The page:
Hyundai’s Santa Fe series is all-new for 2013. The previous-gen Santa Fe was a five-seater that took on the compact class. This time around, the Santa Fe Sport seats five, while a vanilla Santa Fe seats seven. We're covering the Santa Fe Sport here, but a lot of the features apply to the standard Santa Fe as well.
The company entered a fully-loaded Santa Fe Sport with all-wheel drive and a 2.0-liter turbocharged motor into the compact class. Notable standard features for our Santa Fe Sport include downhill brake control, hill-start assist, push-button start, and the Hyundai Blue Link telematics system. The option list consisted of the leather and premium equipment package (heated rear seats, automatic climate control, a back-up camera, and sliding/reclining second-row seats), technology package, and manual rear sunshades.
The infotainment system is Hyundai’s third-generation effort that mounts an eight-inch touchscreen LCD on the center stack surrounded by a number of physical buttons. Hyundai employs a standard 800x600 display, but switches from the standard analog interface to a digital one that looks both crisper and cleaner. In the time we had to test, iOS-based devices with the Lightning connector worked fine. We weren't able to experiment with Bluetooth connectivity, though. Fortunately, in a previous experience with the Santa Fe Sport, it had no trouble with our Samsung Galaxy Nexus. Hyundai does a commendable job updating its infotainment system, and we really dig the new hardware and software.
Hyundai employs an electric power steering system in the Santa Fe Sport. Driver Selectable Steering Mode (DSSM) technology enables three steering modes (comfort, normal, and sport) that cater to different driving tastes. The different modes really do have an impact on steering response and feedback. Comfort mode was feather-light at the cost of response. Sport mode made the wheel a lot heavier, but improved road feedback for more spirited driving. Normal mode was somewhere in between.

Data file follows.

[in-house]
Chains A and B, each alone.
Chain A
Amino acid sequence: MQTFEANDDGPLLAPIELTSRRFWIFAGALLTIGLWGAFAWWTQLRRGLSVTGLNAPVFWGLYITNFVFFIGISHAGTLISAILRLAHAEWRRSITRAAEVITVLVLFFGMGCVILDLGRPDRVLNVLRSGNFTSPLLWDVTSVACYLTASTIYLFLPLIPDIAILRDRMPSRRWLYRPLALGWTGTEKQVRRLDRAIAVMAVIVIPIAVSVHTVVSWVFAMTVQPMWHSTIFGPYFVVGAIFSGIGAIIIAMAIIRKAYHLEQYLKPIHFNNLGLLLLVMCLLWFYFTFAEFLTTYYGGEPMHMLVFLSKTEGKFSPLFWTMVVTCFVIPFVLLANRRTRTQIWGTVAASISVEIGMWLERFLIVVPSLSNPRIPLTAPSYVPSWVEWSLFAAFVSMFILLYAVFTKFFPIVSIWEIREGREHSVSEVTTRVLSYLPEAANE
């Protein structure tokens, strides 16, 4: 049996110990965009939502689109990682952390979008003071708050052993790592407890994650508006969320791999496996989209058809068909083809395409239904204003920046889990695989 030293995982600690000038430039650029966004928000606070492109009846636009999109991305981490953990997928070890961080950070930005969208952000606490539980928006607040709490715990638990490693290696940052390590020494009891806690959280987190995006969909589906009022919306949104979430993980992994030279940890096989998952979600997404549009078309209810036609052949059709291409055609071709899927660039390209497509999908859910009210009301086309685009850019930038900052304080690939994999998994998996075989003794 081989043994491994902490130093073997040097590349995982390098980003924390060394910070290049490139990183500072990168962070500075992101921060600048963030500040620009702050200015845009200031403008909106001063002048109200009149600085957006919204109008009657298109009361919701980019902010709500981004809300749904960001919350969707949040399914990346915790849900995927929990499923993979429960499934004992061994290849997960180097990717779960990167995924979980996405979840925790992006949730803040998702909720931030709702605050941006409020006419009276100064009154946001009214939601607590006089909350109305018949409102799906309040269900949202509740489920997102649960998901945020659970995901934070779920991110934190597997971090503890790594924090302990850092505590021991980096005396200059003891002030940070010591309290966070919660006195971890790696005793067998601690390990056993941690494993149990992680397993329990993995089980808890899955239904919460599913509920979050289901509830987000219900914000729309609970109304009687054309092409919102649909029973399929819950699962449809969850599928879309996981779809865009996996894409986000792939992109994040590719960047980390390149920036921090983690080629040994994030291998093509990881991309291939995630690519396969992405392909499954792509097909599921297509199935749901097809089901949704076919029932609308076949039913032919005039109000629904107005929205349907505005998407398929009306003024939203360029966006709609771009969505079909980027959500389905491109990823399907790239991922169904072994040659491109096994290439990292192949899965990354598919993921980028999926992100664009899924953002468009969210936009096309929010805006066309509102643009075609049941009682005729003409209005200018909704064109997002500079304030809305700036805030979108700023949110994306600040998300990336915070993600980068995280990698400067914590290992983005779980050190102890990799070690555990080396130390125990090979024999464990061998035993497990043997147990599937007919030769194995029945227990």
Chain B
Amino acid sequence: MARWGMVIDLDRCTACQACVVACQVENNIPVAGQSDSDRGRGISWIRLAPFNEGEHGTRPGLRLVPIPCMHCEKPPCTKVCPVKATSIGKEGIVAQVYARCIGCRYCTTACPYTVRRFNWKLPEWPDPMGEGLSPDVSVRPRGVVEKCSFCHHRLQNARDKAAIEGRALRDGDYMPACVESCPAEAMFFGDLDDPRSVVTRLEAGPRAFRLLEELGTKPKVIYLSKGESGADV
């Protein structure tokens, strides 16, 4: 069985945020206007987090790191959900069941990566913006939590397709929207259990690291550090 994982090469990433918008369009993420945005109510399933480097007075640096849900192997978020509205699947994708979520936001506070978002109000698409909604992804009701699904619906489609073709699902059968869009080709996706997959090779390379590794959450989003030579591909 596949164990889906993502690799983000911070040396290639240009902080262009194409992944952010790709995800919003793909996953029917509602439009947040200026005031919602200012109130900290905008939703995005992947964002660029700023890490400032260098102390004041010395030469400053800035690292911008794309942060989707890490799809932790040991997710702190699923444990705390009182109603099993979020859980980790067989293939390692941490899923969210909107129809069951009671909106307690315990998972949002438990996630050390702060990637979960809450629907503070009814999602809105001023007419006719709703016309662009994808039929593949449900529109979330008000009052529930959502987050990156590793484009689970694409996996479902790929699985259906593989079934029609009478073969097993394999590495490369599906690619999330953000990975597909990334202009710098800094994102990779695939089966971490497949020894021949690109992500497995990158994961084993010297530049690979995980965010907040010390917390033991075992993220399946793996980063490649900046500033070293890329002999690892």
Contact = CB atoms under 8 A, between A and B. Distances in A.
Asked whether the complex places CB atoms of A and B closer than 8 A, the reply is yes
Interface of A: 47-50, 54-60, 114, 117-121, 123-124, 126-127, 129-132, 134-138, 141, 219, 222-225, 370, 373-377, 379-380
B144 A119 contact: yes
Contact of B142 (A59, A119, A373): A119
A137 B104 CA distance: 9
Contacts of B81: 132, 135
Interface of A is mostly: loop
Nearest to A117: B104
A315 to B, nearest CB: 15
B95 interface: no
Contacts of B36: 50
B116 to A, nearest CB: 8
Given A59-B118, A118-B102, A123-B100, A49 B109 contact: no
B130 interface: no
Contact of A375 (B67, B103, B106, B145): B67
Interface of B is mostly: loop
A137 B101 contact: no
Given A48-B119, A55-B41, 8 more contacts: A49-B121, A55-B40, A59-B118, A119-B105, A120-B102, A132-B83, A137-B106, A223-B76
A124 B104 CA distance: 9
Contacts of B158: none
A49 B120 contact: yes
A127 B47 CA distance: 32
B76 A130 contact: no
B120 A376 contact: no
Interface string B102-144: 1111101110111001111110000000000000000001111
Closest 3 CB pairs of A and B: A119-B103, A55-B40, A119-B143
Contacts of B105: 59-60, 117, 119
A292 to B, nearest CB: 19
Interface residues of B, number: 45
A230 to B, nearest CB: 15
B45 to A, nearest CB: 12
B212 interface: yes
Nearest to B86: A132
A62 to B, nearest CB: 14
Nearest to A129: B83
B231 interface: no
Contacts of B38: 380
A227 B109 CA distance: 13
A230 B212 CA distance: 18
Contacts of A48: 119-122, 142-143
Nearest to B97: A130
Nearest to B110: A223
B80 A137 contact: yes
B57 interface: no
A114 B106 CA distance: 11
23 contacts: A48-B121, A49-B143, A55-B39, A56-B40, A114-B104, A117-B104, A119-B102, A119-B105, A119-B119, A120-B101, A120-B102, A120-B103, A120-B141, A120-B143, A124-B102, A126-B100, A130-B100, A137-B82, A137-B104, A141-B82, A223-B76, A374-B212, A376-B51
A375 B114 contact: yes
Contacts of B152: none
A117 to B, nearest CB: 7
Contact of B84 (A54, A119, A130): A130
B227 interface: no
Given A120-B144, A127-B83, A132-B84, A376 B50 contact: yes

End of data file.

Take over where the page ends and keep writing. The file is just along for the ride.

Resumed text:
The powertrain consists of Hyundai’s 2.0-liter GDI turbo engine mated to a six-speed automatic transmission. Hyundai employs the Magna Dynamax active all-wheel drive system that reacts to changing driving conditions. This system supports torque-vectoring for better cornering, too. In situations where you require the traction of full-time all-wheel drive, the Santa Fe Sport includes a convenient 4-high lock button to keep the wheels engaged. We took advantage of 4-high on the dirt course and found that it maintained traction throughout our drive.
The turbocharged motor accelerated smoothly, exhibiting minimal lag. It performed well, too. However, we did observe the same delayed throttle response mentioned on the previous page during aggressive driving. In most situations, this shouldn't be noticeable. But it is going to nag at enthusiasts.
Hyundai employs its latest “storm edge” design language for the Santa Fe Sport. It's attractive enough and, humorously, even looks a bit like a Storm Trooper when you order the Santa Fe in white. The styling isn’t as aggressive as Ford's, but it isn't boring, either.
|Vehicle||2013 Hyundai Santa Fe Sport|
|Trim level||AWD 2.0T|
|Engine||2.0 L I4 Turbo Gasoline Direct Injection|
|Transmission||Six-speed Automatic w/ Shiftronic|
|Drivetrain||Active On-Demand AWD w/ AWD Lock|
|Infotainment||Navigation System w/ eight-inch Touchscreen|
|Notable features||Driver selectable steering modes (DSSM)|
Downhill brake control
Hill-start assist control
Rear view camera
|Fuel economy||19 city, 24 highway, 21 combined MPG|
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